|Publication number||US6018912 A|
|Application number||US 09/106,053|
|Publication date||1 Feb 2000|
|Filing date||26 Jun 1998|
|Priority date||26 Jun 1998|
|Publication number||09106053, 106053, US 6018912 A, US 6018912A, US-A-6018912, US6018912 A, US6018912A|
|Inventors||Robert Wayne Baughman, David Joseph Chapman, Michael Antonio Ciavaglia|
|Original Assignee||General Motors Corporation|
|Export Citation||BiBTeX, EndNote, RefMan|
|Patent Citations (13), Referenced by (16), Classifications (9), Legal Events (4)|
|External Links: USPTO, USPTO Assignment, Espacenet|
This invention relates to a counter balance system for a vehicle liftgate that is pivotally attached to a vehicle compartment for pivotal movement about a generally horizontal axis and more particularly to a counter balance system that will move a liftgate from a closed position to a fully open position and that requires about the same force to hold the liftgate in a fixed position any place along the liftgate's path of travel.
Utility vehicles and vans with liftgates that are hinged at the top about a generally horizontal axis are used by large numbers of people today. Some of these liftgates are large and heavy. Their size and weight make some liftgates difficult to open and close. Some of the liftgates are also a great distance above the ground when they are fully opened. Their height above the ground makes them very difficult for some people to close. For these and other reasons many people would like to have a power liftgate opener and closer.
A number of different liftgate openers have been tried in recent years. Some of these liftgate openers have a single cable that opens and closes a liftgate. Liftgates with a single cable opener and closer are generally trunk lids that are lightweight and have a relatively small range of movement.
Liftgates that have two or more gas cylinders for a counter balance system are common. These gas cylinders generally occupy a position in which their axis is substantially parallel to the liftgate so that the gas cylinders are hidden when the liftgate is closed. In this closed position the moment arm of the gas cylinders is quite small. With such systems the lift gate may move about one-third of their total travel range before the gas cylinders exert sufficient force to open a liftgate further without the application of an independent lifting force. There are even some systems in which the gas cylinders pass over center and bias a liftgate toward a closed position when the liftgate is closed. With these self locking systems a liftgate may need to be more than one-third open before the gas cylinders will open the liftgate further.
The force required to hold a liftgate in a given position along its path of movement from a closed position to a fully open position varies substantially in some liftgate opening systems. A power liftgate closer must exert sufficient force to hold a liftgate in any given position along the path of movement, plus the force to overcome friction, and plus the force required to accelerate the liftgate during liftgate closing. If the total force exerted by the liftgate power closure varies substantially from one position between fully opened and closed to another position between fully opened and closed, it may be difficult for the control system to detect an obstruction and stop the liftgate without incurring damage to the vehicle or to the object that obstructs the liftgate.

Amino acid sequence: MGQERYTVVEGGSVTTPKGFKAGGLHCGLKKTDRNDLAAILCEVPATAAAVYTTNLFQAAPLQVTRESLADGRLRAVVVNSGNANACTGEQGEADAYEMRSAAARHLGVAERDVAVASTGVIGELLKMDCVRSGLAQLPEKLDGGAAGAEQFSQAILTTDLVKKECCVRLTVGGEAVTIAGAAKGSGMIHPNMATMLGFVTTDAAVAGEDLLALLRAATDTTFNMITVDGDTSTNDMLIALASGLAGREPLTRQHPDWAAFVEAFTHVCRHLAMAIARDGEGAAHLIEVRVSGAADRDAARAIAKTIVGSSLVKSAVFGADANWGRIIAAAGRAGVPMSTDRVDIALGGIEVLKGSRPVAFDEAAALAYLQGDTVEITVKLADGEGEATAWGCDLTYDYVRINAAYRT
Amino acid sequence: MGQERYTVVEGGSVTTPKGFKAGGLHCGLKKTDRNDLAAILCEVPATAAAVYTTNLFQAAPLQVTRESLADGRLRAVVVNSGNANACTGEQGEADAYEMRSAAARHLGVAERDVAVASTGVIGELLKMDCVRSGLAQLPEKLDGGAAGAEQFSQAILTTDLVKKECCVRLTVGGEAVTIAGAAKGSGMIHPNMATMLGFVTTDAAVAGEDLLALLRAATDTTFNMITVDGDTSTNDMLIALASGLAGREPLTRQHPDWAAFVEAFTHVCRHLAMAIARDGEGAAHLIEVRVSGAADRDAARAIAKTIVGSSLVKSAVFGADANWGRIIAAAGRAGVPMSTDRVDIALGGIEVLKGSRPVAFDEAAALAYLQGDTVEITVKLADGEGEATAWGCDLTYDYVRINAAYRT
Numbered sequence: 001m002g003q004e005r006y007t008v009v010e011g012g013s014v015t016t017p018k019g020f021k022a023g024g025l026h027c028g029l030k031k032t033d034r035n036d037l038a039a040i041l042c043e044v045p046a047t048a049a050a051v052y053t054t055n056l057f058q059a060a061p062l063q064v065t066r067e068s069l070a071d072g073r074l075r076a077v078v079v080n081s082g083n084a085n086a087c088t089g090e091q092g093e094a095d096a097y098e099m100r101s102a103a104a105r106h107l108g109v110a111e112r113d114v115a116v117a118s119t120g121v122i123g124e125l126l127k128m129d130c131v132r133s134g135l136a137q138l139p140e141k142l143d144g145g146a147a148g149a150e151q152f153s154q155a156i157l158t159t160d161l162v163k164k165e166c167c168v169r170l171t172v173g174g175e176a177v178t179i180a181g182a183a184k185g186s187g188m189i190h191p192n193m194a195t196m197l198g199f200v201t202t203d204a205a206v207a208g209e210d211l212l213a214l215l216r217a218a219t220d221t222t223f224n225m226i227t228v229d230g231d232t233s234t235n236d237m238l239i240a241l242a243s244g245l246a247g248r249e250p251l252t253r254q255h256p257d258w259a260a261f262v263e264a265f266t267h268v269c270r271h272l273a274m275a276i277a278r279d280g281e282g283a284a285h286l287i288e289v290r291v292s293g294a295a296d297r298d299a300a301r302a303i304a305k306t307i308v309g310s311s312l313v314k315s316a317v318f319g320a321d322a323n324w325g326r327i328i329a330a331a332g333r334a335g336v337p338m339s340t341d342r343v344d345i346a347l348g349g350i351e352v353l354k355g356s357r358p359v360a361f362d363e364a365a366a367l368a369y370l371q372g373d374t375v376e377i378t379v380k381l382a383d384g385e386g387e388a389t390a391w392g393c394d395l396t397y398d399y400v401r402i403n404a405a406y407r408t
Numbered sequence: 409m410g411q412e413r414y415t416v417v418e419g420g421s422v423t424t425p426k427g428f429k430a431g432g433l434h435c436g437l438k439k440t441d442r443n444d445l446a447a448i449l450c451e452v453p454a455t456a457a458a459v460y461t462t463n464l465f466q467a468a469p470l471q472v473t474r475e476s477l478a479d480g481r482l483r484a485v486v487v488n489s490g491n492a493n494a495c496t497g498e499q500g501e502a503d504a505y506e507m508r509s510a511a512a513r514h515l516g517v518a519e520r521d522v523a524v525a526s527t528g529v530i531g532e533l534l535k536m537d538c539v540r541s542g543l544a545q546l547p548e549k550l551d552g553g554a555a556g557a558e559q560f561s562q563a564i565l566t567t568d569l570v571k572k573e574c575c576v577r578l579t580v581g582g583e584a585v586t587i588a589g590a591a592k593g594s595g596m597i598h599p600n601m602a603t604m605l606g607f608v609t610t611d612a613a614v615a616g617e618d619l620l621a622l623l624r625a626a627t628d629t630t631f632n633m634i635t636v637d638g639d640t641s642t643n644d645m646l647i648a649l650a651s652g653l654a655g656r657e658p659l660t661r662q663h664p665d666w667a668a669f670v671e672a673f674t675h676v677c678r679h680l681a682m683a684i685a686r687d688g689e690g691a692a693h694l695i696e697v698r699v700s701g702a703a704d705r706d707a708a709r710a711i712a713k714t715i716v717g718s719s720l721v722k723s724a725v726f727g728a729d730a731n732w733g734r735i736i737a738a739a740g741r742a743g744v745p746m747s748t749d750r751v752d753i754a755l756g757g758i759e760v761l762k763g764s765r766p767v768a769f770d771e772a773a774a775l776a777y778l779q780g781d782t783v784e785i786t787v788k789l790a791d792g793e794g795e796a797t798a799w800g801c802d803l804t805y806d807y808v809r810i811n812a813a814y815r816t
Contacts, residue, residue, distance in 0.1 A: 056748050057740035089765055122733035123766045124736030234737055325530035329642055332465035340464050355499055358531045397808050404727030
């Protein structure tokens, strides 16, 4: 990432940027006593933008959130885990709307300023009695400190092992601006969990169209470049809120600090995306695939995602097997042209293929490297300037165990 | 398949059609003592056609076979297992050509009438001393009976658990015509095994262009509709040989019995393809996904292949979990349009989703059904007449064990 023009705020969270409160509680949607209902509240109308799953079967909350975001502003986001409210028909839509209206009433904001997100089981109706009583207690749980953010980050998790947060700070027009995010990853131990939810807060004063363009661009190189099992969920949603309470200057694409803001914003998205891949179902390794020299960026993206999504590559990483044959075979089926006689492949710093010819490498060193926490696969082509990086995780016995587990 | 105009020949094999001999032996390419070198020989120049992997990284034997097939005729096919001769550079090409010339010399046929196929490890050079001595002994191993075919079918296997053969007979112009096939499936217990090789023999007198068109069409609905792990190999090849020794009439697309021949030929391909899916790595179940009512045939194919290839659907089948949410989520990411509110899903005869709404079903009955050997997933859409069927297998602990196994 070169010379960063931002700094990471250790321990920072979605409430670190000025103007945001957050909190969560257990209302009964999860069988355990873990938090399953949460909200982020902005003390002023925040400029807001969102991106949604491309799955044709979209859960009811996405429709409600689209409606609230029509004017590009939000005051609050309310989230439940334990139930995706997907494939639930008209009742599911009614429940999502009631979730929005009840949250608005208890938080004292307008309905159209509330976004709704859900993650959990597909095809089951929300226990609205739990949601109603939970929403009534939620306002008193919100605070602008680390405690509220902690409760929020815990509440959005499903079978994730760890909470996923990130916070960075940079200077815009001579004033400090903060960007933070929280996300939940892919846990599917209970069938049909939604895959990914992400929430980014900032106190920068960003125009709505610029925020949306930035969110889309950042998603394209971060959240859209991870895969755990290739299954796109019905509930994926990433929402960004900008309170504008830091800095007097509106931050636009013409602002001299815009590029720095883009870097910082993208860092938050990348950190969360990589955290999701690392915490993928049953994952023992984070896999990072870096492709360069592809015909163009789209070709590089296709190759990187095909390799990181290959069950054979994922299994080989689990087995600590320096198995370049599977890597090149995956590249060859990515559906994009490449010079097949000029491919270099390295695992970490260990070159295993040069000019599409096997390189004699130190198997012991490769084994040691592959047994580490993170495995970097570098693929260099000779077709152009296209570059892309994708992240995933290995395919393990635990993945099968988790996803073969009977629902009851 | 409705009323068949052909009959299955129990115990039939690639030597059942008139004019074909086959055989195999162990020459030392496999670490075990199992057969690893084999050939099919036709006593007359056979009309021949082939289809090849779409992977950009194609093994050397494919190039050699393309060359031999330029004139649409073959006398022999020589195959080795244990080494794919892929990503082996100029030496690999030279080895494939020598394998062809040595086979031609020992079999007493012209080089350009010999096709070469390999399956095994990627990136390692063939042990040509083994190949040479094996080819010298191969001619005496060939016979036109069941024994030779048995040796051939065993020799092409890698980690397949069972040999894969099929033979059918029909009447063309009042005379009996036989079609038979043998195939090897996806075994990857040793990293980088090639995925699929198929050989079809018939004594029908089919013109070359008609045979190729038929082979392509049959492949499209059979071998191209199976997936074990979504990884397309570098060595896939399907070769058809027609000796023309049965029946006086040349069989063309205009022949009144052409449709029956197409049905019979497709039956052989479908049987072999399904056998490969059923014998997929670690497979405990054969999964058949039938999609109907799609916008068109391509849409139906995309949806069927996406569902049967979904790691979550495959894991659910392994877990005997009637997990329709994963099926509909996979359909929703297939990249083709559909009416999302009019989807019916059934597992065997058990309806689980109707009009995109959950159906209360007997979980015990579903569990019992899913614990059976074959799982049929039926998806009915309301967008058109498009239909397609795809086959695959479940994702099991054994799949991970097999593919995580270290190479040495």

An object of the invention is to provide a vehicle liftgate counter balance system which can move a liftgate from a closed position to a fully opened position. Another object of the invention is to provide two separate counter balances system that cooperate with each other to provide a more uniform force to be overcome during movement of a liftgate toward a closed position. A further object of the invention is to provide a vehicle liftgate counter balance system that absorbs energy and reduces the load on latches and structures that support latches as a liftgate reaches the closed position.
The vehicle liftgate counter balance system includes a pair of gas cylinders and a torsion bar. The gas cylinders exert sufficient force on the liftgate to move the liftgate to the fully opened position during the last two-thirds of the liftgate movement to the open position. During the first third of the liftgate movement from the closed position to the open position, the gas cylinders exert insufficient force on the liftgate to move the liftgate toward the open position due to a short moment arm.
A torsion bar with rod sections, that are concentric with the pivot axis of the liftgate urge the liftgate from the closed position toward the open position during about the first 40° of pivotal movement from the closed position. The torsion bar exerts maximum torque on the liftgate when the liftgate is closed. The torque exerted by the torque rod on the liftgate decreases as the liftgate moves from the closed position. After about 40° of pivotal movement from the closed position, the torque exerted on the liftgate by the torsion bar decreases to zero. The force exerted on the liftgate by the gas cylinders increases as the liftgate is opened. After about 30° of movement the gas cylinders exert sufficient force to move the liftgate toward the fully open position. The torque bar is still exerting force on the liftgate for about another 10° of movement to assist the gas cylinders.